Pupils have confidence in the ability of staff to help them.

Leaders closely monitor the attendance of pupils. This action is having a positive impact on improving the attendance of pupils.

What does the school need to do to improve?

(Information for the school and appropriate authority)

• Reading in key stage 2 is not taught as well as it should be. Pupils are not always meeting the standards expected for their age. Leaders need to ensure that all staff understand how to teach reading effectively so that greater numbers of pupils, particularly the most vulnerable, achieve in line with national curriculum expectations.

• Curriculum plans for foundation subjects are not yet fully developed. Pupils do not achieve as well as they could. Leaders need to continue to review and refine the curriculum so that the progression of knowledge and skills from Reception through to Year 6 is clear.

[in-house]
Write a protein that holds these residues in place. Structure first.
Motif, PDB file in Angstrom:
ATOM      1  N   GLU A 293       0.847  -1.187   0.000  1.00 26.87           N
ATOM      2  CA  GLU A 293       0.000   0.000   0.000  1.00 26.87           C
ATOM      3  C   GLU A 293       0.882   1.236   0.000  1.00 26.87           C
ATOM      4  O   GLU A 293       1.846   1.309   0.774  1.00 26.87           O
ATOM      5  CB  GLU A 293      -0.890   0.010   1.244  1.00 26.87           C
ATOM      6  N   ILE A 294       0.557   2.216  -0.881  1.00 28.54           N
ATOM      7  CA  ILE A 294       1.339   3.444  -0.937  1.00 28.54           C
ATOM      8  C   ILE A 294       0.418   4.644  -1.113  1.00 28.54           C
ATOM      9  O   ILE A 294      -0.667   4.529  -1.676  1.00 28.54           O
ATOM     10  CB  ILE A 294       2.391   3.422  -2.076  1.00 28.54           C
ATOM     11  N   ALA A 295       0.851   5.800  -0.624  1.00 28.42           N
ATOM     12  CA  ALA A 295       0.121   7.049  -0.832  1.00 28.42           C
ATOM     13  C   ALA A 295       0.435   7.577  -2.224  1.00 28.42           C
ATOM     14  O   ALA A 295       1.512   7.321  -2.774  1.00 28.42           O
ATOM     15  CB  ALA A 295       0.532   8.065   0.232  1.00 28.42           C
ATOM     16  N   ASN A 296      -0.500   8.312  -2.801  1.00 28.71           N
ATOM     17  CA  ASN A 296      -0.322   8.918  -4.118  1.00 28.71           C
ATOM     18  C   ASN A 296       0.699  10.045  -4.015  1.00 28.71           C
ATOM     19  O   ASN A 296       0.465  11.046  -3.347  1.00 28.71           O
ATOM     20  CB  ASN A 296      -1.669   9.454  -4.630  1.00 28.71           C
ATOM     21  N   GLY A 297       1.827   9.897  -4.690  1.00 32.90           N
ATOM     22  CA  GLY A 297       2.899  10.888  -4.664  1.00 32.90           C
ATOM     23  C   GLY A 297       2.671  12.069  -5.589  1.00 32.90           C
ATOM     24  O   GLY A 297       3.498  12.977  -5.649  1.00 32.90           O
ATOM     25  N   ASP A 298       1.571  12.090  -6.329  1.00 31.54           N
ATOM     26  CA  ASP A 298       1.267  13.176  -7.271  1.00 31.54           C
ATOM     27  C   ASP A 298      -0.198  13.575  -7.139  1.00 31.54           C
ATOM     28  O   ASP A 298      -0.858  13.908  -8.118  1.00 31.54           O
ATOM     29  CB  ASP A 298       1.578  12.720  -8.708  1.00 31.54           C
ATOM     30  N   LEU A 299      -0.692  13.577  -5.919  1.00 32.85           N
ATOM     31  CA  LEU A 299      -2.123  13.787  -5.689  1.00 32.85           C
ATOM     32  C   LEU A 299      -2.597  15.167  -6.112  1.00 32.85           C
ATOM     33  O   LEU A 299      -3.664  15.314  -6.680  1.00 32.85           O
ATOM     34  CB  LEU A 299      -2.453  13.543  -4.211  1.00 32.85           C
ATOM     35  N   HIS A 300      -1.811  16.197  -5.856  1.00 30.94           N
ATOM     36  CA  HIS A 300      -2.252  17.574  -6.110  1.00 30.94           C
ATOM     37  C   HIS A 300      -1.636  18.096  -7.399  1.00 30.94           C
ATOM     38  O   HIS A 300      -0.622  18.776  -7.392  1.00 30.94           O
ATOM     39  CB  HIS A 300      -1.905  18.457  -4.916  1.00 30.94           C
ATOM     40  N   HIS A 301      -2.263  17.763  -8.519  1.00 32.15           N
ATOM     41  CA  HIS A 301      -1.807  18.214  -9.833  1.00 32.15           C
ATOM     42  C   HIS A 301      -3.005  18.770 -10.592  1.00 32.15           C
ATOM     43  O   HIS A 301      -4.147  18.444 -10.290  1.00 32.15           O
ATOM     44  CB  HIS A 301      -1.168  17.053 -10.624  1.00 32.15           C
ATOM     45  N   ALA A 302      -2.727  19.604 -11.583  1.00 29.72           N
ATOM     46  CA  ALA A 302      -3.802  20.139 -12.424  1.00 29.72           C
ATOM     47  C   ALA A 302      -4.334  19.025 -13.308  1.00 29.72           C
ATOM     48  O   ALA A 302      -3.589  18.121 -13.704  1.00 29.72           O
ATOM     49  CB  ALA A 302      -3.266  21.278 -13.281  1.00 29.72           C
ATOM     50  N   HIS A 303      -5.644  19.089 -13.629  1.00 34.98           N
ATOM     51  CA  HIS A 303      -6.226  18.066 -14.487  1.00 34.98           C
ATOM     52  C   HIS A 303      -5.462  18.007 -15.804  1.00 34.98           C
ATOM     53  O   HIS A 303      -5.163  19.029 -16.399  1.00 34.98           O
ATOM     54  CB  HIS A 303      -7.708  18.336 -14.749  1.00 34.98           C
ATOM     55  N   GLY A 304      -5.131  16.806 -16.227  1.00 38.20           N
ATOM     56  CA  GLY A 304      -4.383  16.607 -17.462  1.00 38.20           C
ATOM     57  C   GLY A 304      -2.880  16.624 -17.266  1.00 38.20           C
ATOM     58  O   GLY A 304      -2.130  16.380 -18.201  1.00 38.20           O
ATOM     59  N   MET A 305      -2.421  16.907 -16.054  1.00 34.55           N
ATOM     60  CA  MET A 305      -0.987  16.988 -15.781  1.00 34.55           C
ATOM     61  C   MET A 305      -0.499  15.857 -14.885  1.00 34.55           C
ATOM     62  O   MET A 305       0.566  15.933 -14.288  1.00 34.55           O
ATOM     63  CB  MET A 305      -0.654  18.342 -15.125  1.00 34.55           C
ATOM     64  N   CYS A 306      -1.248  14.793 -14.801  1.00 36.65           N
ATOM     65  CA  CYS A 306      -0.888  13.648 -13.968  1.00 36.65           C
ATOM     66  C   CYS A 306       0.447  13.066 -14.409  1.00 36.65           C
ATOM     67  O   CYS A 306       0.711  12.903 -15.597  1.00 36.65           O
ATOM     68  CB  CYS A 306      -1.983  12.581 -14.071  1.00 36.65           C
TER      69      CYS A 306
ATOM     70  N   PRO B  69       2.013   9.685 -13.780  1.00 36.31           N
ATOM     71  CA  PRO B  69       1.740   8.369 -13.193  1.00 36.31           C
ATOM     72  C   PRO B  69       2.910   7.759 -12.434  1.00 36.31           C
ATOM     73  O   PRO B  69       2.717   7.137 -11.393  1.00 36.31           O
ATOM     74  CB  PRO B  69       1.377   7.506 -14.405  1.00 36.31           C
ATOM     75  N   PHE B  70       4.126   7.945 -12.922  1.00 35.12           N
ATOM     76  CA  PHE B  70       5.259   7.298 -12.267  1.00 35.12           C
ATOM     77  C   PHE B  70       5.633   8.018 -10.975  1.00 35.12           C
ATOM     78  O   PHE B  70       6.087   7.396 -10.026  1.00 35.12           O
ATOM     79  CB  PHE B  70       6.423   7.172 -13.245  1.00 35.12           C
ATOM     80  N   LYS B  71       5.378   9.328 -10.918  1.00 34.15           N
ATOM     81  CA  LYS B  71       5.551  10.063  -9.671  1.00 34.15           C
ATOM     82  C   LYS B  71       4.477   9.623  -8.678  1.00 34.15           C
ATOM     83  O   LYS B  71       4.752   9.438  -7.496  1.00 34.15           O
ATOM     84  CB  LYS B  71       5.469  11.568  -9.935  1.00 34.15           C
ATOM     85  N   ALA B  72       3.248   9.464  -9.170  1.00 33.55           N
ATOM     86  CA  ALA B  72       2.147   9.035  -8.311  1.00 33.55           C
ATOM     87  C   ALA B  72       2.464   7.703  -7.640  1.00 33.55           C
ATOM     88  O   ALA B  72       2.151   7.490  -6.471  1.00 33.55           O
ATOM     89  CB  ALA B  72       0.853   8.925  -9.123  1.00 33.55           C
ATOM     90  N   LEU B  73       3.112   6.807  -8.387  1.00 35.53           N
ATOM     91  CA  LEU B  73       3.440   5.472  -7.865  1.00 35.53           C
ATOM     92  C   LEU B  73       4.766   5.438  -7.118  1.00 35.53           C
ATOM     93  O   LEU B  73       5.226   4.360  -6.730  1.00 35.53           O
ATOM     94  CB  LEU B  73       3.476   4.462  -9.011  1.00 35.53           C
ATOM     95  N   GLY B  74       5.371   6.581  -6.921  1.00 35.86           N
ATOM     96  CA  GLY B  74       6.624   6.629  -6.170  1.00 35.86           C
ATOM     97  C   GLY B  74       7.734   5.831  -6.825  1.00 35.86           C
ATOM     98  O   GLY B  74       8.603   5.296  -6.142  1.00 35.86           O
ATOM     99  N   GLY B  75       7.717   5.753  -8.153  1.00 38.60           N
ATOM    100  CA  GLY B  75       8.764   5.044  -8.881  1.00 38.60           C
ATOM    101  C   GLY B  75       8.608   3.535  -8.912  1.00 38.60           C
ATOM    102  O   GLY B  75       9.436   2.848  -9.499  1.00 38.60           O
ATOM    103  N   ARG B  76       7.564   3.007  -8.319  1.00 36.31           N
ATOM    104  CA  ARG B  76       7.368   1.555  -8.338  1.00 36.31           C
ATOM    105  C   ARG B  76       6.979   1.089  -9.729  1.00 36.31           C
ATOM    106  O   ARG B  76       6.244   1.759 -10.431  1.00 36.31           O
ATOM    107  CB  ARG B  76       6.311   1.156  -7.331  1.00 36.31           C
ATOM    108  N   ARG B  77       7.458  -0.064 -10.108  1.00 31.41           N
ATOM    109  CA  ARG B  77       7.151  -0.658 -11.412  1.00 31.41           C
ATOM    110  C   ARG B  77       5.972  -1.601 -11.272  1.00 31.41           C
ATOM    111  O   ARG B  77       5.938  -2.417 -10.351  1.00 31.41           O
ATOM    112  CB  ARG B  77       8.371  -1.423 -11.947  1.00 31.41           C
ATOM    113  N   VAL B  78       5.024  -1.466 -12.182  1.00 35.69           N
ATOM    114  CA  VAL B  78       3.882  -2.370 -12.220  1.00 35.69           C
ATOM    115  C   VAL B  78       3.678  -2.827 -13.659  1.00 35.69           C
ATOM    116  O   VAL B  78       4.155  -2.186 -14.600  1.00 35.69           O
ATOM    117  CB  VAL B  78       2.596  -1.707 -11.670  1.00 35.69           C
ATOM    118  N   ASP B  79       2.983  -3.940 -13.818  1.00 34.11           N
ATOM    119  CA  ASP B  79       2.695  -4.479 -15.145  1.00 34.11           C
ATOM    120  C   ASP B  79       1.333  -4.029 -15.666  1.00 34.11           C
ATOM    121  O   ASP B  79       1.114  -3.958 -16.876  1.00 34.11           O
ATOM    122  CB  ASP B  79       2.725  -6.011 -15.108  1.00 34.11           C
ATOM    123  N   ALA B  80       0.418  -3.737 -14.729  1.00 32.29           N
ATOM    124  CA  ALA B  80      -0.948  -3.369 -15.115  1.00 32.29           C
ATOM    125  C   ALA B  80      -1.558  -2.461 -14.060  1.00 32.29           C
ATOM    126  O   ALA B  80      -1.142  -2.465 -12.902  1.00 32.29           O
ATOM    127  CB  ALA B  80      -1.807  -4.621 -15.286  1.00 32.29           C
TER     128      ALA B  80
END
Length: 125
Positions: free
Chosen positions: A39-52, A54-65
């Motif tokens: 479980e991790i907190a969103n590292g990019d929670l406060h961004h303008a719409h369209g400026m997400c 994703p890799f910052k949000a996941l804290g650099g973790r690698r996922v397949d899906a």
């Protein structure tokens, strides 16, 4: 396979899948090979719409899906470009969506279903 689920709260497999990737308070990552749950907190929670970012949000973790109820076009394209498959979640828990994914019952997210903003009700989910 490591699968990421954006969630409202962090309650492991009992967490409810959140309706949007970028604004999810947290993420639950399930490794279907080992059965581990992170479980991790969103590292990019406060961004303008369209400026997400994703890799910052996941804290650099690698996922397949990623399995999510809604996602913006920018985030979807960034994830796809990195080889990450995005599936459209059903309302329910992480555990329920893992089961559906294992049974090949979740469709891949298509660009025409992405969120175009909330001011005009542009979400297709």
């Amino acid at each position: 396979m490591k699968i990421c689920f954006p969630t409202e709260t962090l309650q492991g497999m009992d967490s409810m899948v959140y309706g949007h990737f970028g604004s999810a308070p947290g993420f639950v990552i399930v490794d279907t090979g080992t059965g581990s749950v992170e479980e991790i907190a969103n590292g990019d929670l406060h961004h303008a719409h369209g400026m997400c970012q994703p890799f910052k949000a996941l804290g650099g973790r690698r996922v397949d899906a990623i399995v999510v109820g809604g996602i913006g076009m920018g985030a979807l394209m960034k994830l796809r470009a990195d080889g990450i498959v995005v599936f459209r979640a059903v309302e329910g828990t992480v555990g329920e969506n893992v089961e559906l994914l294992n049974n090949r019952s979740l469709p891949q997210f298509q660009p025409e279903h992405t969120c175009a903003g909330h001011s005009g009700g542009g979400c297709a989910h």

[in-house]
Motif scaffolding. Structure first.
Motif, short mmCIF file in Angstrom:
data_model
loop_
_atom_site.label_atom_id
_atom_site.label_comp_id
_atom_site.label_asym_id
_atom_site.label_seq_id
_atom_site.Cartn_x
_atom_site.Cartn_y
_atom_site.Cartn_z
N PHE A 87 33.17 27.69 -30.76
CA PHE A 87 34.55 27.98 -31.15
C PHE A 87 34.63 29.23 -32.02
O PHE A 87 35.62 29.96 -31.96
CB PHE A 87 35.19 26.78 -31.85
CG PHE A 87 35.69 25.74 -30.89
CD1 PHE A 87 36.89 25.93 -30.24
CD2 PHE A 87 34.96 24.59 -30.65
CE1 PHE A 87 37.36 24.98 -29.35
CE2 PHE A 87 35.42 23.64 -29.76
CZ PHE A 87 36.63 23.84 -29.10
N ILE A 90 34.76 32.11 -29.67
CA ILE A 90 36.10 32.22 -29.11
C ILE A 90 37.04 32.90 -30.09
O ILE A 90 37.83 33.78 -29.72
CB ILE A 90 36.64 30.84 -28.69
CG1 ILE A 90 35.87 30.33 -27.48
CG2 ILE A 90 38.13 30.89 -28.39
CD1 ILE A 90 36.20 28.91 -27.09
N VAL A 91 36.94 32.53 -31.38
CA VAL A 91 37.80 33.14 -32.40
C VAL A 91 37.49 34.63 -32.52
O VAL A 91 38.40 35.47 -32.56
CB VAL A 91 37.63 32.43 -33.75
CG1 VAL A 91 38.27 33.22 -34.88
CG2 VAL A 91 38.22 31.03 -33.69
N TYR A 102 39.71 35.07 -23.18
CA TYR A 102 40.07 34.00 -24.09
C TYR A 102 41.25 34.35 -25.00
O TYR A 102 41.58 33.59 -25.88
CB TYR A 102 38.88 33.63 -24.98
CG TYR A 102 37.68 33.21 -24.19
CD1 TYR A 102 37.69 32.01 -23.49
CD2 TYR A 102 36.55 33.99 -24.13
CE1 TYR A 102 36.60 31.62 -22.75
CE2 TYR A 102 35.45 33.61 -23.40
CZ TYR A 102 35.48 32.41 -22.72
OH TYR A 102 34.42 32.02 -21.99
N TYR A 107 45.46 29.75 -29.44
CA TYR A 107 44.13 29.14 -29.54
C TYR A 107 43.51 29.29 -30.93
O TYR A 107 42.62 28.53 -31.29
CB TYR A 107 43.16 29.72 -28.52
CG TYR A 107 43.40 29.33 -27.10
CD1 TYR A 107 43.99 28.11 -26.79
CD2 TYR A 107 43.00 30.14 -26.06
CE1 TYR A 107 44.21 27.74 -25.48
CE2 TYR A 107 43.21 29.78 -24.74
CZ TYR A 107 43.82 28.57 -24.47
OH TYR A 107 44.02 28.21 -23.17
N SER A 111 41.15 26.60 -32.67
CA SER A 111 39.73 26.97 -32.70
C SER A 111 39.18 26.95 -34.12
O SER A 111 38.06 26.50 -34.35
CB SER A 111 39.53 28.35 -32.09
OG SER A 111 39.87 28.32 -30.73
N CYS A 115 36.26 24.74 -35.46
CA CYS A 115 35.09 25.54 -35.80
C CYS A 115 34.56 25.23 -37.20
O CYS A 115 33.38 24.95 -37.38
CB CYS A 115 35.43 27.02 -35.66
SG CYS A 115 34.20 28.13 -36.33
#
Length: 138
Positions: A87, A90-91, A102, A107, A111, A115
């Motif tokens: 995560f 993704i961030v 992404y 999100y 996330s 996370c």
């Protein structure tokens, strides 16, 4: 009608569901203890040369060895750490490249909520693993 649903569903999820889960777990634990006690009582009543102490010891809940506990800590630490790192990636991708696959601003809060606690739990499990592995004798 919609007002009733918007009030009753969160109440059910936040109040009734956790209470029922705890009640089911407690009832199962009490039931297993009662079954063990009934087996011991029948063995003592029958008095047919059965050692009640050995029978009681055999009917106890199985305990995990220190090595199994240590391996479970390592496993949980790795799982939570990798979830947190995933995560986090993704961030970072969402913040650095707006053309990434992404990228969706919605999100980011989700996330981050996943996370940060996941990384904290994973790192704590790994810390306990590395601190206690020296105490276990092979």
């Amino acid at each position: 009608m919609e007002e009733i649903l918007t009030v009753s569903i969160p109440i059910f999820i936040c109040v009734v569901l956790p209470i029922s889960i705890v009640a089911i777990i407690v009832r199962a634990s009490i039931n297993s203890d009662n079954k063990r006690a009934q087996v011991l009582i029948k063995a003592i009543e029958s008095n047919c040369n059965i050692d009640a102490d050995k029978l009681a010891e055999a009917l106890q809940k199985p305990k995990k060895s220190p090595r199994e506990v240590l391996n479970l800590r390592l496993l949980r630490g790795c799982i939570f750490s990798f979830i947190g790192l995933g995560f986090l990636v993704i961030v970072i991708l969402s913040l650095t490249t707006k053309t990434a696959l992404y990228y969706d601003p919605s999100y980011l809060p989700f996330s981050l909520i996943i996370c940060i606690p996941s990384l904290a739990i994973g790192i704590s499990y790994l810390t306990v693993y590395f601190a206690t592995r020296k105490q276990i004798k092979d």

• Subject leadership in many foundation subjects is at an early stage of development. This is hindering pupils' progress and attainment. Leaders need to continue to make sure that subject leaders are supported to develop their expertise and skills to play a full role in improving the quality of education.

• The curriculum and teaching in the early years do not ensure that the most vulnerable children learn well. Too few disadvantaged children achieve a good level of development. The curriculum needs to be planned and reviewed so that leaders are able to ensure that all children receive teaching which helps them to make progress and be ready for Year 1.